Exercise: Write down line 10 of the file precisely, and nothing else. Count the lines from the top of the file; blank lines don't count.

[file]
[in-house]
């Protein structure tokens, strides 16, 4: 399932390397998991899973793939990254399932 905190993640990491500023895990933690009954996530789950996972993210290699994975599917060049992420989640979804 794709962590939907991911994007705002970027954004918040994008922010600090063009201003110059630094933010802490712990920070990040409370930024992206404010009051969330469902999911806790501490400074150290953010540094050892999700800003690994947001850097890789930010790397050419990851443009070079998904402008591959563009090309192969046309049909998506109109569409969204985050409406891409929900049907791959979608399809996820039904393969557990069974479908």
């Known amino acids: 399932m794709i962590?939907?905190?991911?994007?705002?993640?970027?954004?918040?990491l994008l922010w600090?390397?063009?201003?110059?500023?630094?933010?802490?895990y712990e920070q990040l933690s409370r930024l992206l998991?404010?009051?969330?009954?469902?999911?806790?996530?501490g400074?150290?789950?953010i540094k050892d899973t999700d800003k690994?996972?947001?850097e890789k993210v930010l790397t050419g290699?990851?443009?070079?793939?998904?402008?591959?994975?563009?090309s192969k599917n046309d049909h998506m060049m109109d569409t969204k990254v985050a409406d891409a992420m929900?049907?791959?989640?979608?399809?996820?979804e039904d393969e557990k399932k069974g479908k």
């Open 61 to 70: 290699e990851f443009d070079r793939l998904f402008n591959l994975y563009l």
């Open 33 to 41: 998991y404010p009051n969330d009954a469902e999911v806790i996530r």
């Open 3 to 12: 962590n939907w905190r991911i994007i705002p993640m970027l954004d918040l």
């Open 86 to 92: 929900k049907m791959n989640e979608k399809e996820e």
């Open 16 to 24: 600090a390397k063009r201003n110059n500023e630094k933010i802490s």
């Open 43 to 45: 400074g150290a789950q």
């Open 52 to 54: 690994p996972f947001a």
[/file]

């Open 52 to 54: 690994p996972f947001a």